Hawks > Cavs take Game 3 in OT; Lead 3-0

| May 25, 2015

Hawks Cavs 052515

CLEVELAND — What a mess.

If there was a way essentially to finalize an Eastern Conference race that was plagued with sloppy execution, injuries and underachievement it was Game 3 of the conference finals. It’s all but over now after the Cleveland Cavaliers’ 114-111 overtime victory over the Atlanta Hawks made it a 3-0 series lead.

There were controversial calls, injuries, late scratches, ejections, accusations of dirty play, cramps, epically long replay reviews, missed wide-open potential game-winners, unexpected lineup alterations, bits of bizarre strategy and some mindless decision-making under pressure.

If you want to get right down to the bottom line, though, there’s basically only one way to explain it. The same could’ve been said in November when this all started just as it could’ve been said for the past five years.

One team had LeBron James and the other didn’t.

Analyze the individual moments in the game all you want. Examine the statistical differences, rage on about a decision to eject the Hawks’ Al Horford while he was in the midst of a monster game despite the presence of reasonable doubt, parse Matthew Dellavedova’s movements frame-by-frame and offer conjecture at intent. Have at it, there’s plenty of fodder there.

Discuss DeMarre Carroll playing 41 minutes through what looks like a throbbing knee injury. Question Hawks coach Mike Budenhozler’s strategy to give the injured Kyle Korver’s playing time to the little-used Shelvin Mack while benching Dennis Schroder because he so badly needed shooting. Debate the complexity of Jeff Teague’s erratic game and his ability to look equal parts brilliant and foolhardy sometimes on alternating possessions.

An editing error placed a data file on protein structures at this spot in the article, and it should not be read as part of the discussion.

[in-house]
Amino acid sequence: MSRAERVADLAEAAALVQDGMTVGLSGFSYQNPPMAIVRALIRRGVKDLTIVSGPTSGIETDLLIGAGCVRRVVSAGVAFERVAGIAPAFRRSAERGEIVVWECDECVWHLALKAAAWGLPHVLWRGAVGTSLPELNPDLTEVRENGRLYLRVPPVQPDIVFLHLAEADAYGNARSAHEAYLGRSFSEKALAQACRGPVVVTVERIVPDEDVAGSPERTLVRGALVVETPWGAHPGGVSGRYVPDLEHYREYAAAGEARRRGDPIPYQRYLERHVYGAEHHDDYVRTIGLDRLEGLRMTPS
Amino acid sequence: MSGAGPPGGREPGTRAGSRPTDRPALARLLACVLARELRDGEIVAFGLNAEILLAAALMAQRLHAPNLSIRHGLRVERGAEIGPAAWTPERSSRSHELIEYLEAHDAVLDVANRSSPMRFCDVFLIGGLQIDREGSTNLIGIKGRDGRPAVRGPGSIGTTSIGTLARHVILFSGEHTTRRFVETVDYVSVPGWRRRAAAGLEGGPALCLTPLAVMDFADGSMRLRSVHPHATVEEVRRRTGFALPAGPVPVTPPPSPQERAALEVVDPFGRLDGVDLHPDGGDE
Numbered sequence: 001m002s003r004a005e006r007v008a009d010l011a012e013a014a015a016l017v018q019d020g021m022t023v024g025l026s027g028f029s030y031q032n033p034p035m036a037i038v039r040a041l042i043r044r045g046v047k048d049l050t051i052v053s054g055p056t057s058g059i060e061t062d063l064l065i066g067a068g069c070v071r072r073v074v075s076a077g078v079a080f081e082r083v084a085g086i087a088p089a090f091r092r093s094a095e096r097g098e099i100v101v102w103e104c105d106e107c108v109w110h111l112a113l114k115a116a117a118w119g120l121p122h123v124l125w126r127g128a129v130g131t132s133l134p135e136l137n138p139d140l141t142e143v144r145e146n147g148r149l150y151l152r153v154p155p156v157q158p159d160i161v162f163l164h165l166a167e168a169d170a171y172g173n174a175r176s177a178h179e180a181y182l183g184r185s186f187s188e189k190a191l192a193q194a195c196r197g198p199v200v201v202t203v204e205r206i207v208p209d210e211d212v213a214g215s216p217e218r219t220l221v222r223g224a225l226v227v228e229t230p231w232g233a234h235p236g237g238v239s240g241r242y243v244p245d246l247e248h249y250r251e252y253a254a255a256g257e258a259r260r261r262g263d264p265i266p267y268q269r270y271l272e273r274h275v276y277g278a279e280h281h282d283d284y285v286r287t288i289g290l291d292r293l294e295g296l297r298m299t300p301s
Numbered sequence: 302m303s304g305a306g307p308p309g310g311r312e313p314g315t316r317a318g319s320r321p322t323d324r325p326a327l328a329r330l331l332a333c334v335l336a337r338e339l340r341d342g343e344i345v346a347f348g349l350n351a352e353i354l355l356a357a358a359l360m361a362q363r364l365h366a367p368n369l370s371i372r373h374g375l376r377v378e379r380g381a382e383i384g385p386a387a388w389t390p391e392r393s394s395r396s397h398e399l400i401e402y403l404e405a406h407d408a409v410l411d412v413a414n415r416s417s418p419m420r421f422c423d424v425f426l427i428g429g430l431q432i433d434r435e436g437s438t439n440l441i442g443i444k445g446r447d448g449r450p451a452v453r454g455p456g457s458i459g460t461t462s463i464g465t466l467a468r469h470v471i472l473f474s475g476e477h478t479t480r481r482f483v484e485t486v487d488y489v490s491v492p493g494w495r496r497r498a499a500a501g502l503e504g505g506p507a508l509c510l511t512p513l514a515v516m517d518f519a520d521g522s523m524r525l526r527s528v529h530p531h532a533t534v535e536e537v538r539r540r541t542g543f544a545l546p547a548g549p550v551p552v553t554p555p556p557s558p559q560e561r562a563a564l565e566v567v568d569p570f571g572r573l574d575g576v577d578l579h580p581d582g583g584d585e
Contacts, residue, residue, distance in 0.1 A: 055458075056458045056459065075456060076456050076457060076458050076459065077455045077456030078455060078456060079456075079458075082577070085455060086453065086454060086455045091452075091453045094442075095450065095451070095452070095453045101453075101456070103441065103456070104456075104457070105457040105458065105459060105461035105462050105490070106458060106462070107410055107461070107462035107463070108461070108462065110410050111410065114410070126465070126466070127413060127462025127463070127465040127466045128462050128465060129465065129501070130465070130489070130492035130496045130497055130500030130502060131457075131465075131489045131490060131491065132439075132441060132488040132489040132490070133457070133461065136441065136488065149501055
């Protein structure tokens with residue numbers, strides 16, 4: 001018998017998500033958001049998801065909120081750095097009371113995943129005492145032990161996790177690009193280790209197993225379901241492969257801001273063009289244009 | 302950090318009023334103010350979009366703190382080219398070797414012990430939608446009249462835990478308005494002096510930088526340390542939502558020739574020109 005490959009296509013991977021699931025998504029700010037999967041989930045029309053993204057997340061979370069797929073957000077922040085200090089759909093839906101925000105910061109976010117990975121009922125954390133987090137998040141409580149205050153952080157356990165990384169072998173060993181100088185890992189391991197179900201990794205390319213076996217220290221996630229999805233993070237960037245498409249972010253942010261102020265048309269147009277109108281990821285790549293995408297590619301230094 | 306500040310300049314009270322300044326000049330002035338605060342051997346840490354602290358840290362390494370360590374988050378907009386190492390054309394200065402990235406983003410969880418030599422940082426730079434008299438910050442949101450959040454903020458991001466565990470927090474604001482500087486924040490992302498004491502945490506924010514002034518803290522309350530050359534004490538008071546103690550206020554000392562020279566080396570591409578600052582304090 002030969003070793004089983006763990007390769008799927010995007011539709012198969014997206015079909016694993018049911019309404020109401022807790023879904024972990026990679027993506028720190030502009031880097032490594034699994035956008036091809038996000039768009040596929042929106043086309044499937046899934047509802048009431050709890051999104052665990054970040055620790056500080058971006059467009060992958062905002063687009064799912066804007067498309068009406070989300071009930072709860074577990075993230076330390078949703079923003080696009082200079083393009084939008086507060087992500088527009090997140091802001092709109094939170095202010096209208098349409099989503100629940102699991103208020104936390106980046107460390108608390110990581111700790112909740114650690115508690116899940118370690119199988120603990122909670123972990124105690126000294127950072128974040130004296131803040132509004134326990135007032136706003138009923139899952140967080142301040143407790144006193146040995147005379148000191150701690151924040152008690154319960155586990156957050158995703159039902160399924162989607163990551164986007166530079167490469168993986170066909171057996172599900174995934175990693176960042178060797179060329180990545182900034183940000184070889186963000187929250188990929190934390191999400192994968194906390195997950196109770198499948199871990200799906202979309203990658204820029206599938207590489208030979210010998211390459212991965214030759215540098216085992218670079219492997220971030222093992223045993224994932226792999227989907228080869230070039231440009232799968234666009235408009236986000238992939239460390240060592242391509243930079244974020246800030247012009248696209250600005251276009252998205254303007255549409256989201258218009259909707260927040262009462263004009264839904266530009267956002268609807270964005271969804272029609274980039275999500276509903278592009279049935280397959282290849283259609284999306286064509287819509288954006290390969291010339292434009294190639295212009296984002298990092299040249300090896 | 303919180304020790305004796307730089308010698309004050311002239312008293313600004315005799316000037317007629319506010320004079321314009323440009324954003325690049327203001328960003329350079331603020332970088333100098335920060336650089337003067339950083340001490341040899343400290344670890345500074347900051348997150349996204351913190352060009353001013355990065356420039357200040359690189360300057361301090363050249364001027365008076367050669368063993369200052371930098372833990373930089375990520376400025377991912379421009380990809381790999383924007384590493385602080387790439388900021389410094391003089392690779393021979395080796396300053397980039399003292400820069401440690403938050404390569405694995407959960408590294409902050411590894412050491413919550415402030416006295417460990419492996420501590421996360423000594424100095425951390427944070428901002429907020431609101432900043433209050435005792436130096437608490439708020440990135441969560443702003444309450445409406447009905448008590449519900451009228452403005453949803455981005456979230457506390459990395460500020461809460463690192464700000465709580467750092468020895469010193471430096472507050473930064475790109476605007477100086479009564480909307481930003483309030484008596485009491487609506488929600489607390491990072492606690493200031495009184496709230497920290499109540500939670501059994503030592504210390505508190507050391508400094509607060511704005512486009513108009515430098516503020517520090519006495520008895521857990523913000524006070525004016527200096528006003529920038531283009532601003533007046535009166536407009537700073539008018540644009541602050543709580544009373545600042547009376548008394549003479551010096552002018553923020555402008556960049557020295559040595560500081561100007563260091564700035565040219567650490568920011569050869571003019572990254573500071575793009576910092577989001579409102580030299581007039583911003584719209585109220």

Consider the bizarro world in which Dellavedova is having podium games wearing hoodies and trending on Twitter while Kyrie Irving hasn’t finished the past four games (he hasn’t played at all in the past two) and yet the Cavs are one win away from being back in the NBA Finals.

All of these events and circumstances played some sort of role Sunday night. They’re also all just details, most of which will be forgotten in the next few days or so.

What lasts, lasts like the bronze statue they’re going to build of James someday in Cleveland, and is what happens so frequently in basketball. The team with the best player won. It’s as basic and, for the Hawks’ side, as frustrating as that.

Because with the Cavs trailed in overtime and James having made a measly 9-of-61 3-pointers over the past five weeks of the playoffs, he was willing and able to fearlessly make a 3-pointer with less than 40 seconds left. And after missing 23 other shots and his leg cramping (yes, cramps again) he managed to bank in a driving shot 30 seconds later to provide a vital cushion.

These were the final acts of a 37-point, 18-rebound, 13-assist game in which he missed his first 10 shots, one almost cost his team a crucial basket because he was lying on the ground complaining about not getting a foul call. Maybe he even milked his injuries as he’s wont to do, once limping and asking to come out in overtime only to wave off the Cavs’ bench after David Blatt blanched as he briefly considered the possibility.

Ultimately, these are pencil shavings under the masterpiece that is his playoff career. Toss another file into the database.